The roller coaster ride of the Writers Guild (WGA) and the Hollywood studios is far from over. Despite expectations of an agreement being reached between the WGA and the Alliance of Motion Picture and Television Producers (AMPTP) on Saturday, things have come to a pause. In their joint statement, both sides announced that they met for bargaining on Saturday and will continue negotiations on Sunday. This means that the WGA strike, which has been ongoing for nearly five months, will continue for at least one more day.
During the negotiations, the studios and streamers presented what they called a “best and final offer” to the WGA. While some may interpret this term as a dramatic ultimatum, it is actually a standard legal term. However, the choice of words did not sit well with many writers, with one studio executive describing it as “unfortunate.” There are concerns that this choice of words may have set the deal process back several steps. As lawyers from both sides carefully review the fine print, the fate of the negotiations remains uncertain.
Will There be Another Meeting?
Following the discussions on Saturday, there is uncertainty regarding whether there will be another face-to-face meeting on Sunday between the WGA negotiating committee and the AMPTP, led by Carol Lombardini. It is also unclear whether the CEO Gang of Four, consisting of Ted Sarandos (Netflix), Bob Iger (Disney), Donna Langley (NBCUniversal), and David Zaslav (Warner Bros Discovery), will be present. Throughout the past four days of intense negotiations, the CEO quartet has been actively involved, either in person or remotely through studio representatives.
The Final Sticking Points
Among the array of issues raised by the WGA this year, the final sticking points appear to revolve around artificial intelligence (AI) and staffing levels in writers’ rooms. The WGA is utilizing a comprehensive bundle strategy in its demands, which has made negotiations particularly challenging. The search for a mechanism to untangle these complex issues has become frenzied, as both sides aim to reach a resolution before the start of the Yom Kippur holiday on Monday.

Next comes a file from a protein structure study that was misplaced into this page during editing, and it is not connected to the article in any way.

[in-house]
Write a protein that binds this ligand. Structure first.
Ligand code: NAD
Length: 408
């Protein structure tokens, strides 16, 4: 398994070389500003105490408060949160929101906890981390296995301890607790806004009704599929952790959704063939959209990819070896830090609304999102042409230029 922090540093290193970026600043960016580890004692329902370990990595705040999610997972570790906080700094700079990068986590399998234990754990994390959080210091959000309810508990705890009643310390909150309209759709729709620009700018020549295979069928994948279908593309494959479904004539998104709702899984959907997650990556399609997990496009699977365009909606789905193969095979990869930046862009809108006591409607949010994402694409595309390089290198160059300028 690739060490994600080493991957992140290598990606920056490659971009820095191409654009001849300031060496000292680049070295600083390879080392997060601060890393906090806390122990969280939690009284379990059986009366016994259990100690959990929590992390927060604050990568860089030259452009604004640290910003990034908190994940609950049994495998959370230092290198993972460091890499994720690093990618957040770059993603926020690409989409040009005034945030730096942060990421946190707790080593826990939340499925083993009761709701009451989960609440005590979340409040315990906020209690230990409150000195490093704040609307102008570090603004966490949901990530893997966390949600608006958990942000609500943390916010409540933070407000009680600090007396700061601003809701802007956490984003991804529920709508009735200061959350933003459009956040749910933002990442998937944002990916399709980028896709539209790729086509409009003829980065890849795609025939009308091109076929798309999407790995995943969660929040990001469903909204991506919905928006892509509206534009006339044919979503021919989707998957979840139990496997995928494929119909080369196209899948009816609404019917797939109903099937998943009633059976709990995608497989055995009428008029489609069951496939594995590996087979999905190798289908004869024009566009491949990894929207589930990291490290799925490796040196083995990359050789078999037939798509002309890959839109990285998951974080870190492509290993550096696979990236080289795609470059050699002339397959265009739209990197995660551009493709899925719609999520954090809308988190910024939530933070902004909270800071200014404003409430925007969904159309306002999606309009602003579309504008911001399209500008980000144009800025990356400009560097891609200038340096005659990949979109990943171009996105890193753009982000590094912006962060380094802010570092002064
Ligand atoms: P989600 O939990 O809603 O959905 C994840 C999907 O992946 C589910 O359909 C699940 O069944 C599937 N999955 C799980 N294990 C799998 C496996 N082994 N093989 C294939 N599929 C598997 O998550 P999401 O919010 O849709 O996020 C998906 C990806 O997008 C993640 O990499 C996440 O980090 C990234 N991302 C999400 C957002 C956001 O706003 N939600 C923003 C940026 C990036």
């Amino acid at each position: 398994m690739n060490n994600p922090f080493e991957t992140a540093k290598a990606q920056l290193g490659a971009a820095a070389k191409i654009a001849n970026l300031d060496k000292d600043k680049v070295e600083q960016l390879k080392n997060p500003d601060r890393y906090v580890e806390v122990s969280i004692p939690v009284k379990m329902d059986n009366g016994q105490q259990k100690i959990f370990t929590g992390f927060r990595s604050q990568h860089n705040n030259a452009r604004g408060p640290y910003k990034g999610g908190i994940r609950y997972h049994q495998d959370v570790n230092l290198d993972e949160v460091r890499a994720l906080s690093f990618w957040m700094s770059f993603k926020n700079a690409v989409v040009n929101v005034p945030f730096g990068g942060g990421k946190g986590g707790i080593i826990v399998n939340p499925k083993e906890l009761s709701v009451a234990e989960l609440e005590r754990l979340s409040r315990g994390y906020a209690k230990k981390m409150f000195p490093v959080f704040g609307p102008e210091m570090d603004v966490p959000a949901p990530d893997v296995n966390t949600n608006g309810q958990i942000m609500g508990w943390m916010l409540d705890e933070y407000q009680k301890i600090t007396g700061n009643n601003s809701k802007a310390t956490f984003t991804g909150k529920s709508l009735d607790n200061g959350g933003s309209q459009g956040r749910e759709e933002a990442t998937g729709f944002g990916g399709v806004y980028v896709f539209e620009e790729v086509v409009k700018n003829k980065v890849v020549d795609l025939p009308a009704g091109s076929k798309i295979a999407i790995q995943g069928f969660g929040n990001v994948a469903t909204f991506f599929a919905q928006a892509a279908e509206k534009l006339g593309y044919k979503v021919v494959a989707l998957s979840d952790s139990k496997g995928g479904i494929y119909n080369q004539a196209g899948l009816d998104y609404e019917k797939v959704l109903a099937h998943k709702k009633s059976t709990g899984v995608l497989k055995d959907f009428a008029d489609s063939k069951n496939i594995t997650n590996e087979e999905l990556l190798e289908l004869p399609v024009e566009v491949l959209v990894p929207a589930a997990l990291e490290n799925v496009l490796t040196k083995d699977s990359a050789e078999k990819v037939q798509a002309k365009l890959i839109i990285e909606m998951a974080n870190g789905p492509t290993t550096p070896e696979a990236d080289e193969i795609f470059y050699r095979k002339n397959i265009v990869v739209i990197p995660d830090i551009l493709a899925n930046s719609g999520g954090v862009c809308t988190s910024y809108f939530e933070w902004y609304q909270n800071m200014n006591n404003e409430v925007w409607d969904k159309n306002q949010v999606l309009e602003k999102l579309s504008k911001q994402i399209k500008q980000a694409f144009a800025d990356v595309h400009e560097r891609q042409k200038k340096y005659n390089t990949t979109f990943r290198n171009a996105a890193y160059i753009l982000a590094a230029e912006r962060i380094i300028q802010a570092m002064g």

The WGA strike began on May 2 and has now entered its 145th day. Thousands of members of the WGA have been on strike, striving for a new three-year film and TV contract. In mid-July, SAG-AFTRA, another major guild with approximately 160,000 members, joined the WGA on the picket lines, adding further weight to the strike. The combined force of these twin strikes has effectively halted production in the industry since their inception.
Despite the roller coaster ride of negotiations and the challenges faced by both the WGA and the Hollywood studios, the hope for an agreement still remains. Whether a resolution will be reached on Sunday, or whether the process will continue beyond that, is yet to be seen. However, it is clear that the determination to address the demands of the writers and find common ground is evident on both sides. As the strike prolongs, the industry eagerly awaits a breakthrough that will bring an end to this chapter of uncertainty.